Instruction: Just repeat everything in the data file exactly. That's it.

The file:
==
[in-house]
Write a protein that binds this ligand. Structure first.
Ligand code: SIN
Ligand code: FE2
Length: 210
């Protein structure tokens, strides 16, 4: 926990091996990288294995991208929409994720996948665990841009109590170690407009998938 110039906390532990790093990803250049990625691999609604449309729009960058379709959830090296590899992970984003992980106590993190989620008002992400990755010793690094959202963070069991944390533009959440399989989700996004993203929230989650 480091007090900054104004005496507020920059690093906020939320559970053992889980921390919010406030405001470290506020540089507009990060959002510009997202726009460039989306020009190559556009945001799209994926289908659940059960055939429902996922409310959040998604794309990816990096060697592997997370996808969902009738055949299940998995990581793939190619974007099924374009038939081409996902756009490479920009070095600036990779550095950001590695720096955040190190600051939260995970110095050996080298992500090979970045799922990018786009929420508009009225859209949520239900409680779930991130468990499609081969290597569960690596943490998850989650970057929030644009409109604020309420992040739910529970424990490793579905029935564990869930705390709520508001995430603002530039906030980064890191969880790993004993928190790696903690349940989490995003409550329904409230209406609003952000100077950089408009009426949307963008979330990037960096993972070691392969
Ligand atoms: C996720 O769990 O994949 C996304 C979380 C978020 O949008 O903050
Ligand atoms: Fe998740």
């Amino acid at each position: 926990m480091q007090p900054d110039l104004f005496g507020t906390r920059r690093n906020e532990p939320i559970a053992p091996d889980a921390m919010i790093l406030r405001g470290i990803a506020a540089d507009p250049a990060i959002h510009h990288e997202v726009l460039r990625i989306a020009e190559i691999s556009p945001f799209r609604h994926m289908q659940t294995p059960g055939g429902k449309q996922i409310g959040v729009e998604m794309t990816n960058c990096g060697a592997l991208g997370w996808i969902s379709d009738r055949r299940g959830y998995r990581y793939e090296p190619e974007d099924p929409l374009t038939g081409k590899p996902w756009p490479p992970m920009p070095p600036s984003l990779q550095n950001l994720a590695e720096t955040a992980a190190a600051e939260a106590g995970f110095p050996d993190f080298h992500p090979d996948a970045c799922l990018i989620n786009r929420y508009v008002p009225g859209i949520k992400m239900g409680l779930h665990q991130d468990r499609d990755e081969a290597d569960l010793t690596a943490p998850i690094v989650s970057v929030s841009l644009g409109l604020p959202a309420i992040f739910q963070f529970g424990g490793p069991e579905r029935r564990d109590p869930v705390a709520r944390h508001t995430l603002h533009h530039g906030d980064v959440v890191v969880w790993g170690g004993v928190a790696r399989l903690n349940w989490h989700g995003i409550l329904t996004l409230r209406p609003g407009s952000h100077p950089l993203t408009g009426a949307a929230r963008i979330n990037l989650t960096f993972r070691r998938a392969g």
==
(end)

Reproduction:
[in-house]
Write a protein that binds this ligand. Structure first.
Ligand code: SIN
Ligand code: FE2
Length: 210
């Protein structure tokens, strides 16, 4: 926990091996990288294995991208929409994720996948665990841009109590170690407009998938 110039906390532990790093990803250049990625691999609604449309729009960058379709959830090296590899992970984003992980106590993190989620008002992400990755010793690094959202963070069991944390533009959440399989989700996004993203929230989650 480091007090900054104004005496507020920059690093906020939320559970053992889980921390919010406030405001470290506020540089507009990060959002510009997202726009460039989306020009190559556009945001799209994926289908659940059960055939429902996922409310959040998604794309990816990096060697592997997370996808969902009738055949299940998995990581793939190619974007099924374009038939081409996902756009490479920009070095600036990779550095950001590695720096955040190190600051939260995970110095050996080298992500090979970045799922990018786009929420508009009225859209949520239900409680779930991130468990499609081969290597569960690596943490998850989650970057929030644009409109604020309420992040739910529970424990490793579905029935564990869930705390709520508001995430603002530039906030980064890191969880790993004993928190790696903690349940989490995003409550329904409230209406609003952000100077950089408009009426949307963008979330990037960096993972070691392969
Ligand atoms: C996720 O769990 O994949 C996304 C979380 C978020 O949008 O903050
Ligand atoms: Fe998740």
């Amino acid at each position: 926990m480091q007090p900054d110039l104004f005496g507020t906390r920059r690093n906020e532990p939320i559970a053992p091996d889980a921390m919010i790093l406030r405001g470290i990803a506020a540089d507009p250049a990060i959002h510009h990288e997202v726009l460039r990625i989306a020009e190559i691999s556009p945001f799209r609604h994926m289908q659940t294995p059960g055939g429902k449309q996922i409310g959040v729009e998604m794309t990816n960058c990096g060697a592997l991208g997370w996808i969902s379709d009738r055949r299940g959830y998995r990581y793939e090296p190619e974007d099924p929409l374009t038939g081409k590899p996902w756009p490479p992970m920009p070095p600036s984003l990779q550095n950001l994720a590695e720096t955040a992980a190190a600051e939260a106590g995970f110095p050996d993190f080298h992500p090979d996948a970045c799922l990018i989620n786009r929420y508009v008002p009225g859209i949520k992400m239900g409680l779930h665990q991130d468990r499609d990755e081969a290597d569960l010793t690596a943490p998850i690094v989650s970057v929030s841009l644009g409109l604020p959202a309420i992040f739910q963070f529970g424990g490793p069991e579905r029935r564990d109590p869930v705390a709520r944390h508001t995430l603002h533009h530039g906030d980064v959440v890191v969880w790993g170690g004993v928190a790696r399989l903690n349940w989490h989700g995003i409550l329904t996004l409230r209406p609003g407009s952000h100077p950089l993203t408009g009426a949307a929230r963008i979330n990037l989650t960096f993972r070691r998938a392969g």